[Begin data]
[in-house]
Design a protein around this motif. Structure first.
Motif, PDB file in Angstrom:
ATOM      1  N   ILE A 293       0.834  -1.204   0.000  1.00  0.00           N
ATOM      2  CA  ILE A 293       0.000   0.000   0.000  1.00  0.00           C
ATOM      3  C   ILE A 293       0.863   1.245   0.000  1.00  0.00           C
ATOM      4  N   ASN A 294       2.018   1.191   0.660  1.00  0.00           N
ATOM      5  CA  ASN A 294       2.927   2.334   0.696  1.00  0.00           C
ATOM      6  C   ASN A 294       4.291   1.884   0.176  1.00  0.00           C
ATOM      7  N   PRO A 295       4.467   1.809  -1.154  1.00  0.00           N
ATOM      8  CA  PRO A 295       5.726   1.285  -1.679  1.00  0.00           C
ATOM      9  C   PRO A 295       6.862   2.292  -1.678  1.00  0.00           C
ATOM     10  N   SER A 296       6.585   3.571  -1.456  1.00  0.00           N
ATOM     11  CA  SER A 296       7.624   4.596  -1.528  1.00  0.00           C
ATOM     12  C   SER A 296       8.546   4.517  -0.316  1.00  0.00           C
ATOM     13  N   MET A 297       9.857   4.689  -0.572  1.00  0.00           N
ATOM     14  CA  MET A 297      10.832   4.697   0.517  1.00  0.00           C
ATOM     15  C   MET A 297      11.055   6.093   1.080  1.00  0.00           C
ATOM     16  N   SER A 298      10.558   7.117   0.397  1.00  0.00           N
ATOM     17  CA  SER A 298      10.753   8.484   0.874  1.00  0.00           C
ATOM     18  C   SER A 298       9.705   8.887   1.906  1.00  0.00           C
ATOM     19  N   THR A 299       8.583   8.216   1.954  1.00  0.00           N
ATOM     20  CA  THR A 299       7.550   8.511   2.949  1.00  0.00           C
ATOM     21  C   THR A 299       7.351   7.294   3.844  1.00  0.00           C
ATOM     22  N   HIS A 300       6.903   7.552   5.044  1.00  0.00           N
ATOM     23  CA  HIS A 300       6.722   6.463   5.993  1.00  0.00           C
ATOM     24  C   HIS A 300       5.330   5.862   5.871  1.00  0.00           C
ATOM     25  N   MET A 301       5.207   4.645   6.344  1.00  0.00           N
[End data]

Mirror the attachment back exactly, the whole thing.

[in-house]
Design a protein around this motif. Structure first.
Motif, PDB file in Angstrom:
ATOM      1  N   ILE A 293       0.834  -1.204   0.000  1.00  0.00           N
ATOM      2  CA  ILE A 293       0.000   0.000   0.000  1.00  0.00           C
ATOM      3  C   ILE A 293       0.863   1.245   0.000  1.00  0.00           C
ATOM      4  N   ASN A 294       2.018   1.191   0.660  1.00  0.00           N
ATOM      5  CA  ASN A 294       2.927   2.334   0.696  1.00  0.00           C
ATOM      6  C   ASN A 294       4.291   1.884   0.176  1.00  0.00           C
ATOM      7  N   PRO A 295       4.467   1.809  -1.154  1.00  0.00           N
ATOM      8  CA  PRO A 295       5.726   1.285  -1.679  1.00  0.00           C
ATOM      9  C   PRO A 295       6.862   2.292  -1.678  1.00  0.00           C
ATOM     10  N   SER A 296       6.585   3.571  -1.456  1.00  0.00           N
ATOM     11  CA  SER A 296       7.624   4.596  -1.528  1.00  0.00           C
ATOM     12  C   SER A 296       8.546   4.517  -0.316  1.00  0.00           C
ATOM     13  N   MET A 297       9.857   4.689  -0.572  1.00  0.00           N
ATOM     14  CA  MET A 297      10.832   4.697   0.517  1.00  0.00           C
ATOM     15  C   MET A 297      11.055   6.093   1.080  1.00  0.00           C
ATOM     16  N   SER A 298      10.558   7.117   0.397  1.00  0.00           N
ATOM     17  CA  SER A 298      10.753   8.484   0.874  1.00  0.00           C
ATOM     18  C   SER A 298       9.705   8.887   1.906  1.00  0.00           C
ATOM     19  N   THR A 299       8.583   8.216   1.954  1.00  0.00           N
ATOM     20  CA  THR A 299       7.550   8.511   2.949  1.00  0.00           C
ATOM     21  C   THR A 299       7.351   7.294   3.844  1.00  0.00           C
ATOM     22  N   HIS A 300       6.903   7.552   5.044  1.00  0.00           N
ATOM     23  CA  HIS A 300       6.722   6.463   5.993  1.00  0.00           C
ATOM     24  C   HIS A 300       5.330   5.862   5.871  1.00  0.00           C
ATOM     25  N   MET A 301       5.207   4.645   6.344  1.00  0.00           N